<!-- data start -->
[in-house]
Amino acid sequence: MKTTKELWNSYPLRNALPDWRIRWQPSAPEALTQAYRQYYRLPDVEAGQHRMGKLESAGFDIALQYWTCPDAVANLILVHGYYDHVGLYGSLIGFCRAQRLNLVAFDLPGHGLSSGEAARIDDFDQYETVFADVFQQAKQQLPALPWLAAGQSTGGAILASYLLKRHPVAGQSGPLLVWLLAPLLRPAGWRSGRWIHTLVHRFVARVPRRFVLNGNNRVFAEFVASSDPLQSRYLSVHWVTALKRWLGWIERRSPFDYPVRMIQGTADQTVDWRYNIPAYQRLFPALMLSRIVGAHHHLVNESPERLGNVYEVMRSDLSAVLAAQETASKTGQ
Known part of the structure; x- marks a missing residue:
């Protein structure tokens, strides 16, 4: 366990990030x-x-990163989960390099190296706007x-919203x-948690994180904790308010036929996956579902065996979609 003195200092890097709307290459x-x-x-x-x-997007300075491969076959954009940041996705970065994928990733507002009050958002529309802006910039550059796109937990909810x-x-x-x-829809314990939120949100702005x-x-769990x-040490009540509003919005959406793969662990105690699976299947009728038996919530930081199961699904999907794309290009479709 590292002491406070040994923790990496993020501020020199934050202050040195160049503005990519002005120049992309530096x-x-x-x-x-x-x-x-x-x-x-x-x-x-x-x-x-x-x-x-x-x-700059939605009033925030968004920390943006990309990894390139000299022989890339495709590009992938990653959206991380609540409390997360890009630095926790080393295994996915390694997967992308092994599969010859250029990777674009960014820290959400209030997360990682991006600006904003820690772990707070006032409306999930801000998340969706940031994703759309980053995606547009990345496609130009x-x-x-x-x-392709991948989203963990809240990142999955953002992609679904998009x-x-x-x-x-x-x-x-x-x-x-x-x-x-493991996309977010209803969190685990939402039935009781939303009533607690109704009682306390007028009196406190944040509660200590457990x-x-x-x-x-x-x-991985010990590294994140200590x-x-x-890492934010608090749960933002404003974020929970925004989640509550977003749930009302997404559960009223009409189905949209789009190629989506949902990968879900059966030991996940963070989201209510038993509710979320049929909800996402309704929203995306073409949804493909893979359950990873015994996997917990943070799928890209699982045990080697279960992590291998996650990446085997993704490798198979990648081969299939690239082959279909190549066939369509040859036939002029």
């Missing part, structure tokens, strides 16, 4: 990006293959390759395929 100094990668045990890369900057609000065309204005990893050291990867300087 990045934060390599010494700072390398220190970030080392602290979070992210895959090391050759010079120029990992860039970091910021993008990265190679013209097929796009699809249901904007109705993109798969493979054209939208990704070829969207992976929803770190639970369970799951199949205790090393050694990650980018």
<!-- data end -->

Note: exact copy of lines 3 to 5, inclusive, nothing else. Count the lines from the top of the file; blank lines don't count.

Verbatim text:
Known part of the structure; x- marks a missing residue:
């Protein structure tokens, strides 16, 4: 366990990030x-x-990163989960390099190296706007x-919203x-948690994180904790308010036929996956579902065996979609 003195200092890097709307290459x-x-x-x-x-997007300075491969076959954009940041996705970065994928990733507002009050958002529309802006910039550059796109937990909810x-x-x-x-829809314990939120949100702005x-x-769990x-040490009540509003919005959406793969662990105690699976299947009728038996919530930081199961699904999907794309290009479709 590292002491406070040994923790990496993020501020020199934050202050040195160049503005990519002005120049992309530096x-x-x-x-x-x-x-x-x-x-x-x-x-x-x-x-x-x-x-x-x-x-700059939605009033925030968004920390943006990309990894390139000299022989890339495709590009992938990653959206991380609540409390997360890009630095926790080393295994996915390694997967992308092994599969010859250029990777674009960014820290959400209030997360990682991006600006904003820690772990707070006032409306999930801000998340969706940031994703759309980053995606547009990345496609130009x-x-x-x-x-392709991948989203963990809240990142999955953002992609679904998009x-x-x-x-x-x-x-x-x-x-x-x-x-x-493991996309977010209803969190685990939402039935009781939303009533607690109704009682306390007028009196406190944040509660200590457990x-x-x-x-x-x-x-991985010990590294994140200590x-x-x-890492934010608090749960933002404003974020929970925004989640509550977003749930009302997404559960009223009409189905949209789009190629989506949902990968879900059966030991996940963070989201209510038993509710979320049929909800996402309704929203995306073409949804493909893979359950990873015994996997917990943070799928890209699982045990080697279960992590291998996650990446085997993704490798198979990648081969299939690239082959279909190549066939369509040859036939002029």
């Missing part, structure tokens, strides 16, 4: 990006293959390759395929 100094990668045990890369900057609000065309204005990893050291990867300087 990045934060390599010494700072390398220190970030080392602290979070992210895959090391050759010079120029990992860039970091910021993008990265190679013209097929796009699809249901904007109705993109798969493979054209939208990704070829969207992976929803770190639970369970799951199949205790090393050694990650980018």